“What’s a good word? A good word is the right word in the right place at the right time. Each of the thousands of different words in our vocabulary has a special job of its own, and that’s why it’s important to learn as much as we can about the good words and how to use them. Are you ready to find out about some of them? Good! Let’s go!” This is how part of the introduction to the song “What’s The Good Word” happens in the Long-Play record of the same title released by Peter Pan Orchestra and Chorus in 1963.
Taking off from there was a Canadian show of the same name that was televised for four years from 1972. Soon after came India’s first all-English television show of the same name again, hosted by Sabira Merchant so professionally on Doordarshan for 15 years.
Words are fun for many of us. Some people buy the Reader’s Digest just for their monthly test-your-vocabulary page, It Pays to Increase Your Word Power. Others get newspapers featuring games such as where you make words from 9-letter wheels. Then there’s Scrabble, the classic word game on a board for friends and family, now available on handheld devices, so you can play alone too. It’s a huge learn-and-have-fun world of words out there.
The best part is, a good vocabulary is a strong promise of a better future because studies have found links between intellectual depth and word power. Research has shown that the brain actually changes as you learn more words and express your thoughts with more refinement. You become smart, setting yourself up for improved professional chances. Such progress can be shown on a monitor.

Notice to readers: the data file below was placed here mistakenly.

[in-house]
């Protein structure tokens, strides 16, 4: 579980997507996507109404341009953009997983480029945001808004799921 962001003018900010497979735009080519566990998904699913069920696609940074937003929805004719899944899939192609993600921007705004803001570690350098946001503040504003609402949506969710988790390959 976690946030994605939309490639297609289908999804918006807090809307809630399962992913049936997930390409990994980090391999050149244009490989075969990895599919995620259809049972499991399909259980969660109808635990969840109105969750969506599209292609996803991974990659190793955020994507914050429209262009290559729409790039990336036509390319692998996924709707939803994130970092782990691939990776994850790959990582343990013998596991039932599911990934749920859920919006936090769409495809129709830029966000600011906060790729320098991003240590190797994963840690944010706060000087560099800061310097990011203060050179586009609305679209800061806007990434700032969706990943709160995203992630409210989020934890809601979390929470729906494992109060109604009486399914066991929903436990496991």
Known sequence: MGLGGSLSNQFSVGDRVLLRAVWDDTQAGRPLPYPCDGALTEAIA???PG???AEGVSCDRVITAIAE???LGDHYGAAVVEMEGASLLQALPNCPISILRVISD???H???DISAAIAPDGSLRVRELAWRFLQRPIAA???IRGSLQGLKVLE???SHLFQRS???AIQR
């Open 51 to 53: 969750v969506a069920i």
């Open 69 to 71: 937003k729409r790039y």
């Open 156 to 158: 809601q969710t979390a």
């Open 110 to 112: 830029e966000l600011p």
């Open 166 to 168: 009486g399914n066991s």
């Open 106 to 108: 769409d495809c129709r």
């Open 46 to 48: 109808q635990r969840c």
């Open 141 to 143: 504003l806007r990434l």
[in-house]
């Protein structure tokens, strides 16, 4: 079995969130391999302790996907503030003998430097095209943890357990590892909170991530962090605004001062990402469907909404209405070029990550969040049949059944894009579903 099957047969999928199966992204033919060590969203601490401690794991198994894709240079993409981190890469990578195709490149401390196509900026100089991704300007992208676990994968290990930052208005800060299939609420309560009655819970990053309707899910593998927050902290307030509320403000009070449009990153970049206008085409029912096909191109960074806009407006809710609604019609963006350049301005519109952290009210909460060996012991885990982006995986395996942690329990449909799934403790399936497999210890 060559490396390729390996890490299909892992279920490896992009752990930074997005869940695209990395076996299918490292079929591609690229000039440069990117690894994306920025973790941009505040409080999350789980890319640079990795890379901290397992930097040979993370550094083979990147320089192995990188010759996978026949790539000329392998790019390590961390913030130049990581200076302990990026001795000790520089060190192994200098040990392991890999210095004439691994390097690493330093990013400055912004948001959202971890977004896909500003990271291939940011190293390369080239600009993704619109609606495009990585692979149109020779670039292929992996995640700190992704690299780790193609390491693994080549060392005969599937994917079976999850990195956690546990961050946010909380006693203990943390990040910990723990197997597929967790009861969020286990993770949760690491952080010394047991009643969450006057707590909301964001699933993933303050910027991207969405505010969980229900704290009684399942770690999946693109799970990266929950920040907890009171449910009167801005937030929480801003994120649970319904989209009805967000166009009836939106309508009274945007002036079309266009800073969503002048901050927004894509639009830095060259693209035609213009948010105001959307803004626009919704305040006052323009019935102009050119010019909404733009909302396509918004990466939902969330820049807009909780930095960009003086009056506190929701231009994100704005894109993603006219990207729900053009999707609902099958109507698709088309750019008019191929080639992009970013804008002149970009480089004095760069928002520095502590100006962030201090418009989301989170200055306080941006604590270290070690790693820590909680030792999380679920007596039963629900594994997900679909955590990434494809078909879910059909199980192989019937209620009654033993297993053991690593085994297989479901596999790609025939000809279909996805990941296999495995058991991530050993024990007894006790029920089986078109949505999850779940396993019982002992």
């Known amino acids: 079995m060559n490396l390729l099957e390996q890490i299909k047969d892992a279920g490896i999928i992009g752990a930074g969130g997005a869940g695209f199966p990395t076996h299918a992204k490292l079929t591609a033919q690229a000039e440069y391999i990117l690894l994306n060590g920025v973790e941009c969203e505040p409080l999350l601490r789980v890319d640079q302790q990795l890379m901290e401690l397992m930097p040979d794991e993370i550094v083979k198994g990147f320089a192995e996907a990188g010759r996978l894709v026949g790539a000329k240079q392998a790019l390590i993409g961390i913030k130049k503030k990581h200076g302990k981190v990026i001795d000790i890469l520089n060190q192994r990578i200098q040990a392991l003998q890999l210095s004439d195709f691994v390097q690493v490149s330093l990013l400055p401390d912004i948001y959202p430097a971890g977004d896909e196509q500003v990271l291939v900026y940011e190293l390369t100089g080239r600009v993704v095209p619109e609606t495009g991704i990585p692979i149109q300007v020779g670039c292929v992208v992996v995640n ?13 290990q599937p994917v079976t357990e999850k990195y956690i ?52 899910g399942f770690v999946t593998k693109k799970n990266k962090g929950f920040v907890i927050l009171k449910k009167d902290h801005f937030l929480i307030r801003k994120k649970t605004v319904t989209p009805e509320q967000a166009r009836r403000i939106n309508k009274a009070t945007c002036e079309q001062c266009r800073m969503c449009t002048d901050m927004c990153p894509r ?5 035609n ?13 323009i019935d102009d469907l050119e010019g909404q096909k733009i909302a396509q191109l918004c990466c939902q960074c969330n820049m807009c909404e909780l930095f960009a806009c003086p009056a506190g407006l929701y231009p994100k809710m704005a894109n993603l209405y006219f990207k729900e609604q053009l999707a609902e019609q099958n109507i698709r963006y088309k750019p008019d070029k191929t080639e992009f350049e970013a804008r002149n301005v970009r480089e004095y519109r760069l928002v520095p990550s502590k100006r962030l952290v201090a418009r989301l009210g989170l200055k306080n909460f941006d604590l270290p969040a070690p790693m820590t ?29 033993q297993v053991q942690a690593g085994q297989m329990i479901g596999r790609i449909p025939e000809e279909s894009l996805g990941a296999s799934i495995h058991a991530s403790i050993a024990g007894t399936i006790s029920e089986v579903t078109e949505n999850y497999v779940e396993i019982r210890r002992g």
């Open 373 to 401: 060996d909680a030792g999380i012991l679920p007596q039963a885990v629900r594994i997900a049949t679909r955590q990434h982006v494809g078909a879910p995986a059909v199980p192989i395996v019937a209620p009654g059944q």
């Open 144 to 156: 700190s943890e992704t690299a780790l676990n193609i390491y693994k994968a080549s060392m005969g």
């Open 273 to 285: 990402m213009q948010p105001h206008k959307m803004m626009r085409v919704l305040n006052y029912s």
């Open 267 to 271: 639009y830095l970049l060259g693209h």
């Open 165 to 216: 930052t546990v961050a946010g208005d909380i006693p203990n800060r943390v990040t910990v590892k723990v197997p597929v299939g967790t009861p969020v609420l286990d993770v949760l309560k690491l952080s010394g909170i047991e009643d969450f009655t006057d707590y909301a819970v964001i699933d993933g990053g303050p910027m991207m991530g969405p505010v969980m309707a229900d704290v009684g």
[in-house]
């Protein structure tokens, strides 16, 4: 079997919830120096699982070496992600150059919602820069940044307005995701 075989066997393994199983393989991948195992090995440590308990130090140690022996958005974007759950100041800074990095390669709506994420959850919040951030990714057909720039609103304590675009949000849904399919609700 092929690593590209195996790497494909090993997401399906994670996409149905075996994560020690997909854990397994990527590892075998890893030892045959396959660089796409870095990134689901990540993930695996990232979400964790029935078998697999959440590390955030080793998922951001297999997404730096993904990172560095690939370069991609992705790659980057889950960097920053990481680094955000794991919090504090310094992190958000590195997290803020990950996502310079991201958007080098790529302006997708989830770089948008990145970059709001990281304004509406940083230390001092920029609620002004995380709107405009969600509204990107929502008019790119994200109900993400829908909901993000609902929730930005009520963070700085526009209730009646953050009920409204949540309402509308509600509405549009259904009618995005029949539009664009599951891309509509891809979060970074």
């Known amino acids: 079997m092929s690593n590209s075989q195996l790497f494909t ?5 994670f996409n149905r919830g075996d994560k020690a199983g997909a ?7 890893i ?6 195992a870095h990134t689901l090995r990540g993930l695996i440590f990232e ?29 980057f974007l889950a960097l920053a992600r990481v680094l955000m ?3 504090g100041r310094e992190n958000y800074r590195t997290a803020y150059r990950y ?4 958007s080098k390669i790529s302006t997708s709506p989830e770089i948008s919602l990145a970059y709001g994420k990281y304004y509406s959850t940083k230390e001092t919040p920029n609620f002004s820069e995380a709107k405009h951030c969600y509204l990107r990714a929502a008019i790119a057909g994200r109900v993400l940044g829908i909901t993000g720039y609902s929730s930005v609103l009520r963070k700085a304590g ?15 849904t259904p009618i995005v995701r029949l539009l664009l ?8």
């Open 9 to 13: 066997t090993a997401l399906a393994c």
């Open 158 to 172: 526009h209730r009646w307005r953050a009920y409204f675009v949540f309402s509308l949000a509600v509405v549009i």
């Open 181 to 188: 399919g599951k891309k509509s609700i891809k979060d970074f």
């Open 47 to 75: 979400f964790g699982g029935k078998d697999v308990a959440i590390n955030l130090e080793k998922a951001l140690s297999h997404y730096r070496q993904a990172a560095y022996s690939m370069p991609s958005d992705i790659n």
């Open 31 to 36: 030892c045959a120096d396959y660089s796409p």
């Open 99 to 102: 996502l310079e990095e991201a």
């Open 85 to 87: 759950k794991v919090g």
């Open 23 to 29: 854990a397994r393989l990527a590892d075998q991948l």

This is not to say that people who have a problem with words are dumb or guaranteed to fail. Not at all. We know that dyslexia is a condition that challenges its victims to read and write. But when things are read out to them, some of them do not have a difficulty at all. Others improve with the help of phonics, a teaching approach that co-relates sounds with alphabets. Many people have combated dyslexia and gone on to have successful careers. This includes not only Singapore’s ex-Prime Minister Lee Kuan Yew, but entrepreneur Steve Jobs, painter Pablo Picasso, actor Tom Cruise, and physicist Albert Einstein. Why, even people working with words, like authors Jules Verne of France and John Irving of the United States have had such disabilities. Dyslexics often have other skills which can be exploited for advancing their careers and enjoying a fulfilling life. It is just such a dyslexic child who has phenomenal painting skills that form the subject of the film Taare Zameen Par (2007).